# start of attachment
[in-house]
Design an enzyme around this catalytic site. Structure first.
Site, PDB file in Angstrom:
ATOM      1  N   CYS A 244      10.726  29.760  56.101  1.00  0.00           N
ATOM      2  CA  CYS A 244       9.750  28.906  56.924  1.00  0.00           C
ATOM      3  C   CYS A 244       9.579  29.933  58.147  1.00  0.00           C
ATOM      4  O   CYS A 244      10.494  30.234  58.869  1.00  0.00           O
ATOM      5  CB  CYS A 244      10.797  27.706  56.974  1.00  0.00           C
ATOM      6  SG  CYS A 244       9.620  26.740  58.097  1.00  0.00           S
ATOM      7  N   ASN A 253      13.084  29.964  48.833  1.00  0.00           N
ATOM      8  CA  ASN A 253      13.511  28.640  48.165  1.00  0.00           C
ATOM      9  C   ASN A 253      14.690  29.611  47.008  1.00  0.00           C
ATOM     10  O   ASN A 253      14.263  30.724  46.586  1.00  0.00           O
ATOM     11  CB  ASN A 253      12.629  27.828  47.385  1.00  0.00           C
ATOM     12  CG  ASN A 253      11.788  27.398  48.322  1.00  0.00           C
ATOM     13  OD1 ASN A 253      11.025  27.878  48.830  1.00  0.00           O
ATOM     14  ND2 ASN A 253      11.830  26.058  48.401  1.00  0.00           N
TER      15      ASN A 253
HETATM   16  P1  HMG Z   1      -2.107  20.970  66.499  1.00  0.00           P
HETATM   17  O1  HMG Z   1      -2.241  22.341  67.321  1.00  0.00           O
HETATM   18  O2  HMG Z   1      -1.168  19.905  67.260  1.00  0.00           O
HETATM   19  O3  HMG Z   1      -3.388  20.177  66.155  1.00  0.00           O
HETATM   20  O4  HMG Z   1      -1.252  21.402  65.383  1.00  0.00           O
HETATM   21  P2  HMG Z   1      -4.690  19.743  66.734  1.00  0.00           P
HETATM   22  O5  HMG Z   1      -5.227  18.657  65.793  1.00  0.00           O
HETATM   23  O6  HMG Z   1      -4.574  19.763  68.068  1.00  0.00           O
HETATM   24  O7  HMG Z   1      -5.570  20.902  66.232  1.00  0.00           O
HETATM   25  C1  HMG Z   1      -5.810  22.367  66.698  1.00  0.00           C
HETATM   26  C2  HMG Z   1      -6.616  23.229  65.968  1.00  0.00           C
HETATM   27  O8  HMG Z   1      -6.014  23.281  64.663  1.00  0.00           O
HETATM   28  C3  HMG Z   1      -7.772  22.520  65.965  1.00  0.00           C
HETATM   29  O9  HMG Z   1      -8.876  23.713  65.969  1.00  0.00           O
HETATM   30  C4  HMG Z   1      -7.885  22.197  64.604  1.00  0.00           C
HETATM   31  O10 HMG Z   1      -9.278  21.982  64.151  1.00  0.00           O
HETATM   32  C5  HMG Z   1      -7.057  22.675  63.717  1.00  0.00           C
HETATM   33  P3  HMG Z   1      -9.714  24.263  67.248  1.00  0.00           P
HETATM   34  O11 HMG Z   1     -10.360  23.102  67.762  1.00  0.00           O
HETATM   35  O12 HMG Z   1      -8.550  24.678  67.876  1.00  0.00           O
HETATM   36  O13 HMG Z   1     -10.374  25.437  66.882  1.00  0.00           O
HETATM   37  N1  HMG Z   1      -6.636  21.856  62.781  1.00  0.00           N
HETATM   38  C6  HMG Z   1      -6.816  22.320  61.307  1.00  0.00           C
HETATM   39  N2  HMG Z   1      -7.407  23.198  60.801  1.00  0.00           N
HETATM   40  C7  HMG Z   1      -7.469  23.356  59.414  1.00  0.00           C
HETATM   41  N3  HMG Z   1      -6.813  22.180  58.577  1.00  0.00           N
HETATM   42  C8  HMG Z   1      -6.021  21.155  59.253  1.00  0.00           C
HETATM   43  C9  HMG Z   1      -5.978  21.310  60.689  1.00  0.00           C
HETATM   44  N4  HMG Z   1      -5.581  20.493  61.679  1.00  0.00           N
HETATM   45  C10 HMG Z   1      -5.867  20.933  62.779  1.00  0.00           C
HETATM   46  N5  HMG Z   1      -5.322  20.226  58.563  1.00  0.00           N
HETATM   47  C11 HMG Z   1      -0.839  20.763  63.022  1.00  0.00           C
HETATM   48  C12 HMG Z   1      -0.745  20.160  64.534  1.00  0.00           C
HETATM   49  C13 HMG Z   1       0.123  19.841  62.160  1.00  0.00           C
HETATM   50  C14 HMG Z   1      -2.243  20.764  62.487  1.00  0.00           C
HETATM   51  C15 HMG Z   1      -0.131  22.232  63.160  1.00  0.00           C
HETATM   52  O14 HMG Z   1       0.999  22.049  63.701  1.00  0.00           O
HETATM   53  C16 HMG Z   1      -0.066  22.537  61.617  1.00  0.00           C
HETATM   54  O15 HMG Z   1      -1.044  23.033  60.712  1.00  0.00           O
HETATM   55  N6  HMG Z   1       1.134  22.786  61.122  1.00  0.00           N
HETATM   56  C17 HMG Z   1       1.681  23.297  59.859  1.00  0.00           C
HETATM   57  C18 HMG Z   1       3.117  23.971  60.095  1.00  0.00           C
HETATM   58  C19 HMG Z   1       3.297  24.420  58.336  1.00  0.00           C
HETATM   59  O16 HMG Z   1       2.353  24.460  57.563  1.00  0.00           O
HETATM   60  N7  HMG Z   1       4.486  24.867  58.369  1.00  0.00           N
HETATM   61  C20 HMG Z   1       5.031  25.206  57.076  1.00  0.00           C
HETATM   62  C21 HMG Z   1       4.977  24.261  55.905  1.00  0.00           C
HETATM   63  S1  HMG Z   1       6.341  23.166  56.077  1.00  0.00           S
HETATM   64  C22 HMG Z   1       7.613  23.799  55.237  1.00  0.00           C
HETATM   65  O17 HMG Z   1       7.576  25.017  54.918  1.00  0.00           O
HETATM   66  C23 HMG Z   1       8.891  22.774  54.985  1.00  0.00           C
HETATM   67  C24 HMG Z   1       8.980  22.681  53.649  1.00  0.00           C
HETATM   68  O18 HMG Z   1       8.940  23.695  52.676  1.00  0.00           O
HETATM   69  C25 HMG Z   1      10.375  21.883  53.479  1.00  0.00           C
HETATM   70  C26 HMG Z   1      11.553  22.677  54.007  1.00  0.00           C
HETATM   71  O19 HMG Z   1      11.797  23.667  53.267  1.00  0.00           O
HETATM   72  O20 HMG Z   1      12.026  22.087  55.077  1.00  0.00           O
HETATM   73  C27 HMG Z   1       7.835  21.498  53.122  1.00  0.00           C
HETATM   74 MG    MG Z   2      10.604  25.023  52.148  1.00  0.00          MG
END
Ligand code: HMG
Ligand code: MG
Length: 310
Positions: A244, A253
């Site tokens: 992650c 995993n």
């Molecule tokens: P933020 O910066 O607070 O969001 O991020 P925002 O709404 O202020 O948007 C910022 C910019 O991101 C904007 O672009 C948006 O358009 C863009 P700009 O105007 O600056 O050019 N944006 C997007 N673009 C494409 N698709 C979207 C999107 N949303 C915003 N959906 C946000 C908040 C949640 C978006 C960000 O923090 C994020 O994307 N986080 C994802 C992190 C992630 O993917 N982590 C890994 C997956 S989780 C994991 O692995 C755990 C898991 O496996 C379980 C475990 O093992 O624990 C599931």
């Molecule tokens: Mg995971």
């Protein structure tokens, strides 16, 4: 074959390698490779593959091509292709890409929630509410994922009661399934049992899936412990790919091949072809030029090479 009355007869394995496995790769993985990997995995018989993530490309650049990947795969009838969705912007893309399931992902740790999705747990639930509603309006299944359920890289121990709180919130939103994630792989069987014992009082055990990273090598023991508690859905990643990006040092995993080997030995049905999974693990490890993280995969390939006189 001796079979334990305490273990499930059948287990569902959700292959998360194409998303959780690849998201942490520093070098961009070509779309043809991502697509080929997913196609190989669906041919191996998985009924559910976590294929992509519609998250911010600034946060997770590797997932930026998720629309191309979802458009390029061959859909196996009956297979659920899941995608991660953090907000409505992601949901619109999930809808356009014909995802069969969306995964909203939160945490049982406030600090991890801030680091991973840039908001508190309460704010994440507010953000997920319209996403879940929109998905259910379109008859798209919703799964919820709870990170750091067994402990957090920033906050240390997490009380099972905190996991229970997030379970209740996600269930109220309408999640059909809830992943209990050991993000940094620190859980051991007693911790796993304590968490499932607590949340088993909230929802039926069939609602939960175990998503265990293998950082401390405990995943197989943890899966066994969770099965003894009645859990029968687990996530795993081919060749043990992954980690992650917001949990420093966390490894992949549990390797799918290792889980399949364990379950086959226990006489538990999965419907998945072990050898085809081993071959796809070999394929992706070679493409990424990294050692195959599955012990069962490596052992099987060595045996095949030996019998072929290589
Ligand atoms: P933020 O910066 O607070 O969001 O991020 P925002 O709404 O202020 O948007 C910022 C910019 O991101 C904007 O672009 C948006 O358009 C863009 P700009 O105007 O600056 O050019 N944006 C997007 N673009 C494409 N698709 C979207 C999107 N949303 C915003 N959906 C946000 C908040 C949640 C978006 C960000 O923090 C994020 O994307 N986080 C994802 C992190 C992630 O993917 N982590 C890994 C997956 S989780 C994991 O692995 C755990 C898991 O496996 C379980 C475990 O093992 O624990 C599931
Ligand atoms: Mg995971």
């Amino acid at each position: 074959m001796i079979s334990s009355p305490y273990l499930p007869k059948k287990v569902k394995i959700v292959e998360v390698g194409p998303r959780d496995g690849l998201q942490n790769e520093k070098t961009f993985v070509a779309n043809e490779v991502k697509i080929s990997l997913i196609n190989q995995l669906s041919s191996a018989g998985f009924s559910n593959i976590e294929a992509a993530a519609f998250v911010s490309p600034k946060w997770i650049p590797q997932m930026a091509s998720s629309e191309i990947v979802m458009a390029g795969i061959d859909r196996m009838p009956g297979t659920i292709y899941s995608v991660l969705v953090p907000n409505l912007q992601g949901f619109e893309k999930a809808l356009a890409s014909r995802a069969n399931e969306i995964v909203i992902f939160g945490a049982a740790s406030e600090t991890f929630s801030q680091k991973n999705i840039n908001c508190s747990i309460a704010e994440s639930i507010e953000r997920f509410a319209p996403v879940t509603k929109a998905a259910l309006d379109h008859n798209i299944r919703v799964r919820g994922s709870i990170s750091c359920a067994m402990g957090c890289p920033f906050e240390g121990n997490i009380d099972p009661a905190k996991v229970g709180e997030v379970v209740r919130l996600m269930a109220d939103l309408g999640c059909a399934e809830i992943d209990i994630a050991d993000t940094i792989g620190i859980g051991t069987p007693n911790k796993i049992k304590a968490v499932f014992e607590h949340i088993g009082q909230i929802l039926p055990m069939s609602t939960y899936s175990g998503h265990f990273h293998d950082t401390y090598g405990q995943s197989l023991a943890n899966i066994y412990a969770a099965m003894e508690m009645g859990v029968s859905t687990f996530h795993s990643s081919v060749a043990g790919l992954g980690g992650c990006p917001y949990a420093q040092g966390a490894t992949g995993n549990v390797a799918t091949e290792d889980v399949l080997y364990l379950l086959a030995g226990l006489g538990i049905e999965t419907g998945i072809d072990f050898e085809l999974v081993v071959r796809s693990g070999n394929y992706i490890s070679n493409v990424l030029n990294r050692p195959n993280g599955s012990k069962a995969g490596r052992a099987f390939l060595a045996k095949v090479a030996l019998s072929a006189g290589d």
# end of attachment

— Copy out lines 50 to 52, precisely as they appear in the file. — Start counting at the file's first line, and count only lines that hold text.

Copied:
HETATM   47  C11 HMG Z   1      -0.839  20.763  63.022  1.00  0.00           C
HETATM   48  C12 HMG Z   1      -0.745  20.160  64.534  1.00  0.00           C
HETATM   49  C13 HMG Z   1       0.123  19.841  62.160  1.00  0.00           C